Berlin, Germany-based fine art photographer and psychologist Markus Studtmann takes striking architectural photos that he later digitally deconstructs and recomposes to create awesome architectural illusions. He describes this process as Painting with Light:
"Although light and colors are captured with the camera, they were afterwards repainted in the digital darkroom in order to fit the artist’s vision and impressions. This results in unique images which extend beyond the realm of the camera and often resemble paintings or graphics."
Head over to Markus Studtmann’s 500px page to check out more of his dramatic and surreal cityscapes.
Swiss mountaineering photographer Robert Bösch (previously featured here) and Swiss mountaineering outfitter Mammut (previously featured here) make an awesome creative team. In collaboration with groups of impressively skilled and daring mountain climbers, they’ve produced some truly jaw-dropping photos.
The top photo is their most recent creation, a work of spectacular coordination and photographic skill. Shot on the famous Matterhorn in the Pennine Alps, a group of climbers positioned red lights to illuminate the route taken by English explorer Edward Whymper and his team back in 1865 when they became the first people to ascend the Matterhorn.
"…the planning and coordination that was required for this image was nothing short of astounding. Working against time and weather, Bösch and the team toiled endlessly to ensure they captured the best possible results that properly honored those who travelled the mountains before and inspired those who hope to in the future.”
The newest addition the Archie McPhee Library is an epic journey across the planet and back through time via a beautiful book entitled The Oldest Living Things in the World [Buy on Amazon] by Brooklyn-based contemporary artist Rachel Sussman. Nature is awesome and the Earth is very very old and Sussman spent the last 10 years researching, working with biologists and traveling in order to photograph the oldest continuously living organisms on the planet.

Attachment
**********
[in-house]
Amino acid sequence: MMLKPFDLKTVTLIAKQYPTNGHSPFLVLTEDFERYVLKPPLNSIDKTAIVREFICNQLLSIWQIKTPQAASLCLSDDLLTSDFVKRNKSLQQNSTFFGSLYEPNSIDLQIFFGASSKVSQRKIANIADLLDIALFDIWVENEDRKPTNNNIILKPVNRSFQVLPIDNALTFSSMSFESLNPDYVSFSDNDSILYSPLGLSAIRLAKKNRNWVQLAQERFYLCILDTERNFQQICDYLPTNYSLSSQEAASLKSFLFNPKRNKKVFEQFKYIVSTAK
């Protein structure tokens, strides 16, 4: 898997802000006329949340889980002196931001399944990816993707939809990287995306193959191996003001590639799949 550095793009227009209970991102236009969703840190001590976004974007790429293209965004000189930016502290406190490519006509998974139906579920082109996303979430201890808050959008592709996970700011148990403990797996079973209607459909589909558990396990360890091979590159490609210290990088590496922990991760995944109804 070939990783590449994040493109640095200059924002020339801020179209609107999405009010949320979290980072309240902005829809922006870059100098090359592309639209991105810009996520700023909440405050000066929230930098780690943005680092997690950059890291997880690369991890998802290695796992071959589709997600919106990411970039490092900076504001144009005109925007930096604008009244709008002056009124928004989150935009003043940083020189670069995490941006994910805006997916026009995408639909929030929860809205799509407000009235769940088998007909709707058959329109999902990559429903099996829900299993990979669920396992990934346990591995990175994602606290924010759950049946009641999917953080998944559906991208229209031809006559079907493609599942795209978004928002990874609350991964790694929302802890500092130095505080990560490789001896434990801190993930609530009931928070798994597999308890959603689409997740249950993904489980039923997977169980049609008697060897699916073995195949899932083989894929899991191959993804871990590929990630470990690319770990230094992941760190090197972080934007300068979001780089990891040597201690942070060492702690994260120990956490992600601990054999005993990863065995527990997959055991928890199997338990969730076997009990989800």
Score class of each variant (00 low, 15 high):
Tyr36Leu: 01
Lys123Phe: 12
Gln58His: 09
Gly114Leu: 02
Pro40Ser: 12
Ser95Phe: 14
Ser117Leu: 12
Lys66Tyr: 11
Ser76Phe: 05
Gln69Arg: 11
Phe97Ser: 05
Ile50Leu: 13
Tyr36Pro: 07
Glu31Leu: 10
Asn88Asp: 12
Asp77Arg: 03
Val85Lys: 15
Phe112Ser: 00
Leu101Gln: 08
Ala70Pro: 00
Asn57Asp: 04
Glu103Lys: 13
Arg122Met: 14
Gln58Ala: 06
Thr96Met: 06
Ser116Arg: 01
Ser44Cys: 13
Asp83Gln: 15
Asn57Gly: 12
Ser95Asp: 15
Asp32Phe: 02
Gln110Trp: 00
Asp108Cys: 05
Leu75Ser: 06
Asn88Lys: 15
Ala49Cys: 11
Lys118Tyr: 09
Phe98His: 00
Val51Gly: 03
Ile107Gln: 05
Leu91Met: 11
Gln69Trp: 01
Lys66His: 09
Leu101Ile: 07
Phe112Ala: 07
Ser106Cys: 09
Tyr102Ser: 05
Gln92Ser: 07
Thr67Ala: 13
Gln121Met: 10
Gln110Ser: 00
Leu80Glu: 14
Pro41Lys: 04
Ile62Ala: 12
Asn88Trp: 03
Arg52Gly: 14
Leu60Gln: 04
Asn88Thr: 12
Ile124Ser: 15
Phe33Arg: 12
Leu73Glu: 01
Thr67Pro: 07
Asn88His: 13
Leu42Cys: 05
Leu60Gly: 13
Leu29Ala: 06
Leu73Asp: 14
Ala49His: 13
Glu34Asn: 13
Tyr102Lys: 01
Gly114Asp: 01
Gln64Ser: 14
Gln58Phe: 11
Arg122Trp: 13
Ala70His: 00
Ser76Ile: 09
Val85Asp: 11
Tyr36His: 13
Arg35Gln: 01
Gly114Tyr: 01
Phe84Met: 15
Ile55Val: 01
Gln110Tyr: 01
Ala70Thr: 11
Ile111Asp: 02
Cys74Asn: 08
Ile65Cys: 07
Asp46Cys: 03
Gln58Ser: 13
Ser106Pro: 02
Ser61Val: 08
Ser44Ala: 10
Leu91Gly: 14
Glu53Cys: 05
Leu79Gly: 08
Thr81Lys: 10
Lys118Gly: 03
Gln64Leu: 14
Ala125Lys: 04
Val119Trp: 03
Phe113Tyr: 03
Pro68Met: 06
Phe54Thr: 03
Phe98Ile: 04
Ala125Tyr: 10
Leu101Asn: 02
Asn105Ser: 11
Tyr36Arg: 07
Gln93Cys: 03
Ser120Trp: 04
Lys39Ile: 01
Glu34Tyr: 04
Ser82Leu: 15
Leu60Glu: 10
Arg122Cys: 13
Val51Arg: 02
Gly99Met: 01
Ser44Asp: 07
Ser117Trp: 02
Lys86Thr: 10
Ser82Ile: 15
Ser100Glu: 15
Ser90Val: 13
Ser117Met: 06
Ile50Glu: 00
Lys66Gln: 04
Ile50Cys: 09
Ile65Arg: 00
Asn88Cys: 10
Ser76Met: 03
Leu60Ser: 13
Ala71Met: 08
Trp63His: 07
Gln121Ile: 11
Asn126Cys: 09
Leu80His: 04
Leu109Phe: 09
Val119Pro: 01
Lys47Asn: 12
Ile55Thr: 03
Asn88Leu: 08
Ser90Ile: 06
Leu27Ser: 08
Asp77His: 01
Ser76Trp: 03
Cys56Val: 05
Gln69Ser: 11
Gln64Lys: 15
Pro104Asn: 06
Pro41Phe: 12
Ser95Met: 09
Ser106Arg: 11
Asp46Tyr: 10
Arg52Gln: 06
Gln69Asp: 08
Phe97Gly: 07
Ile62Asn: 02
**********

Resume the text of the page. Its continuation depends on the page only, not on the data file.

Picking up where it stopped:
Spanning from Antarctica to Greenland, the Mojave Desert to the Australian Outback, the result is a stunning and unique visual collection of ancient organisms unlike anything that has been created in the arts or sciences before, insightfully and accessibly narrated by Sussman along the way.
These ancient individuals live on every continent and range from Greenlandic lichens that grow only one centimeter a century, to unique desert shrubs in Africa and South America, a predatory fungus in Oregon, Caribbean brain coral, to an 80,000-year-old colony of aspen in Utah. Sussman journeyed to Antarctica to photograph 5,500-year-old moss; Australia for stromatolites, primeval organisms tied to the oxygenation of the planet and the beginnings of life on Earth; and to Tasmania to capture a 43,600-year-old self-propagating shrub that’s the last individual of its kind.
Lightning is awesome and today the Department of Awesome Natural Phenomena presents a form of lightning we’d never heard of before: blue jet lightning. This is a form of upper-atmospheric lightning, believed to be electrically induced forms of luminous plasma. It’s also known as a transient luminous event (or TLE) because the various types of electrical-discharge phenomena in the upper atmosphere lack several characteristics of the more familiar tropospheric lightning.
This stunning photo of blue jet lightning was captured by pilot and photographer Thijs Bors while flying over the Northern Territory of Australia during a thunderstorm. Blue jet lightning typically occurs in a narrow cone, projecting from the top of cumulonimbus clouds above a thunderstorm to the lowest levels of the ionosphere 40 to 50 km (25 to 30 miles) above the earth.